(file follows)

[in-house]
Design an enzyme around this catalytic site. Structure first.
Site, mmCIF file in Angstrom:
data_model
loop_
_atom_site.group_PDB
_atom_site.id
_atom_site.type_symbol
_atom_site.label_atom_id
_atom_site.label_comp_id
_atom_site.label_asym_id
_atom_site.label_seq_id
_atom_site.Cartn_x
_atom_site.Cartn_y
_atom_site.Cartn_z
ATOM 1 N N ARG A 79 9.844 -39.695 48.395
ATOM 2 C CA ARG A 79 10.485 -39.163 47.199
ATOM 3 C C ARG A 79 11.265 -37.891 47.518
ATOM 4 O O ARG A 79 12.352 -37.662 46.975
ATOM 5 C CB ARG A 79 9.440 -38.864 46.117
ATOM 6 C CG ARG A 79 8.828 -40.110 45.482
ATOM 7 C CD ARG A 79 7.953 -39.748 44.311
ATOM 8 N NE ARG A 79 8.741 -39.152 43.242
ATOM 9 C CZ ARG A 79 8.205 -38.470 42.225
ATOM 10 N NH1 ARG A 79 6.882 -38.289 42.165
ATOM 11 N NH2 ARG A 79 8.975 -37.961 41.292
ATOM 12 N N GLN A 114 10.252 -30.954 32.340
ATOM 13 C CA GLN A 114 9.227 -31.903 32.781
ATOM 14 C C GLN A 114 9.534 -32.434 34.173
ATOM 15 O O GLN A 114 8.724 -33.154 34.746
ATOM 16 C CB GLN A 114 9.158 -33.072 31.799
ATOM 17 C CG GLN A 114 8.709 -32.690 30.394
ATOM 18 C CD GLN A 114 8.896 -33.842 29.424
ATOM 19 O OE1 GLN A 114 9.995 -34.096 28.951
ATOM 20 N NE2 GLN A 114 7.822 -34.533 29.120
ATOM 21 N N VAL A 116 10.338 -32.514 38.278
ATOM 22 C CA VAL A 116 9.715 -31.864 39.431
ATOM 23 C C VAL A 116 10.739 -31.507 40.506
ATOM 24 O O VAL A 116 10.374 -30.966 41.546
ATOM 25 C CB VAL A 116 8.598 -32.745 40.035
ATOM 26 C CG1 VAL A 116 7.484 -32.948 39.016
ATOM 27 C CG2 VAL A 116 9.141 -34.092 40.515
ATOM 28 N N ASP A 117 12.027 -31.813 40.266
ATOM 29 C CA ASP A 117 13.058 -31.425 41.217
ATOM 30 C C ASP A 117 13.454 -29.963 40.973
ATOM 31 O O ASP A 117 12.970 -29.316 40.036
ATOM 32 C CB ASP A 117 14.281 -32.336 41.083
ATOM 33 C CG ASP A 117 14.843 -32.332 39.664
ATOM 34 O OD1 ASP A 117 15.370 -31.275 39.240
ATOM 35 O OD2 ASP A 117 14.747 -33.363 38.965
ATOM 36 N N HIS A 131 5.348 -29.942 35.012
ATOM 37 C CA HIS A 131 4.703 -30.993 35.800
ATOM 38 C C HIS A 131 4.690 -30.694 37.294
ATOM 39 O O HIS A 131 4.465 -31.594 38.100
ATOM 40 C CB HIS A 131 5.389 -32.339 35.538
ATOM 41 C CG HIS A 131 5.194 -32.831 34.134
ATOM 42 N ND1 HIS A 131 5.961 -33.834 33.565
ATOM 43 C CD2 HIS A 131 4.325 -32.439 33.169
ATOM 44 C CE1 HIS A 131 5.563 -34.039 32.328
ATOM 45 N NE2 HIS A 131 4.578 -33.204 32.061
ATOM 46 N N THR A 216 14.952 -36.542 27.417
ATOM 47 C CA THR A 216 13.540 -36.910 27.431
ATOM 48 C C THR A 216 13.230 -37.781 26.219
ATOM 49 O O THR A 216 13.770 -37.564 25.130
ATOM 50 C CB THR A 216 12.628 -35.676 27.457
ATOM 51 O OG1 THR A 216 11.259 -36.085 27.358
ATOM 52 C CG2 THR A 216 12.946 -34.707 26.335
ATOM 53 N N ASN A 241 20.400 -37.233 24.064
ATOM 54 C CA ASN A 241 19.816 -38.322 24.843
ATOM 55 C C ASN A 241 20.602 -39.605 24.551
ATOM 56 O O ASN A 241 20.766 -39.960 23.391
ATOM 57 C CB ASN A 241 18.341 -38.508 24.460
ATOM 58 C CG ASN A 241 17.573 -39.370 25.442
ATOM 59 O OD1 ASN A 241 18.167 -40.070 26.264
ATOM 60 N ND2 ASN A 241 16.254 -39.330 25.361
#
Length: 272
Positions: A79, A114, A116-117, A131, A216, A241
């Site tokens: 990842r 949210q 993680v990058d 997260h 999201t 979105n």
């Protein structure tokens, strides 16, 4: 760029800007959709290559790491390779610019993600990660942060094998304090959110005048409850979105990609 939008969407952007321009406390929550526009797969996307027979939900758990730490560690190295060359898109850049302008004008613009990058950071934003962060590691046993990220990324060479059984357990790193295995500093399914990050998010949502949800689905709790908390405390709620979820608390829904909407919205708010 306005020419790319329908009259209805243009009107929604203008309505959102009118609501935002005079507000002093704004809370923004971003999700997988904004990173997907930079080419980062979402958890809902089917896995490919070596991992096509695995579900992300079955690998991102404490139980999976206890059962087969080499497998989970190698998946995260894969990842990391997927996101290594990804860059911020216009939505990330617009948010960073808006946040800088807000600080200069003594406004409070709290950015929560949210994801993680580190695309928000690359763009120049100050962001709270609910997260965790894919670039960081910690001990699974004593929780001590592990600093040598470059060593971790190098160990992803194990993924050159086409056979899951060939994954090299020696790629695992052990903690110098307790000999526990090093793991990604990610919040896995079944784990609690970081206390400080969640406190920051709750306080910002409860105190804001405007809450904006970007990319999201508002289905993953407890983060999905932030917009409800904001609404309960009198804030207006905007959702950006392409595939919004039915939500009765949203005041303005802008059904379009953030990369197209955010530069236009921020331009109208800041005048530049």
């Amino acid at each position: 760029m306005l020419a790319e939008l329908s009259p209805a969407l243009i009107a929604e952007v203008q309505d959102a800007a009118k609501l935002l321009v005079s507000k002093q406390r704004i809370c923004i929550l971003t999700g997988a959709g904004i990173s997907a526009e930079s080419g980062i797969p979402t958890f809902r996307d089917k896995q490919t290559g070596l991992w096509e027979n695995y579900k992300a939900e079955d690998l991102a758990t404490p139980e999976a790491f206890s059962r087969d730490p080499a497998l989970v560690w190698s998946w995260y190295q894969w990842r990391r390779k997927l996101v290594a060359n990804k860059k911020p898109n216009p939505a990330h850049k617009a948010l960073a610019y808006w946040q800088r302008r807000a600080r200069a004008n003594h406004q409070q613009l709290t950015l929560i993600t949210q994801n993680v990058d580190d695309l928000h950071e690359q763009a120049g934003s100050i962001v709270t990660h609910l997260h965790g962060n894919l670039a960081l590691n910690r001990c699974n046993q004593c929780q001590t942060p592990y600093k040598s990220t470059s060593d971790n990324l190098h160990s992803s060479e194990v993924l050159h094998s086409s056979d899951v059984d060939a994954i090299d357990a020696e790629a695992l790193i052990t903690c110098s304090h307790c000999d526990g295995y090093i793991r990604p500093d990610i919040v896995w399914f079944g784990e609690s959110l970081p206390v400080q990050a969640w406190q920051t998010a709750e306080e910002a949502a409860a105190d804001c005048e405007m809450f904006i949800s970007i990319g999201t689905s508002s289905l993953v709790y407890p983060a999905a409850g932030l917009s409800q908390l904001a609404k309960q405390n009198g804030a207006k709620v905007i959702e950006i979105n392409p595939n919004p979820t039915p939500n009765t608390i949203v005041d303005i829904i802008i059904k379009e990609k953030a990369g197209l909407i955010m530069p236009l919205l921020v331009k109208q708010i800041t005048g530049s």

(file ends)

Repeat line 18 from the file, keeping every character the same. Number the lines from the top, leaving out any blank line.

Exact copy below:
ATOM 3 C C ARG A 79 11.265 -37.891 47.518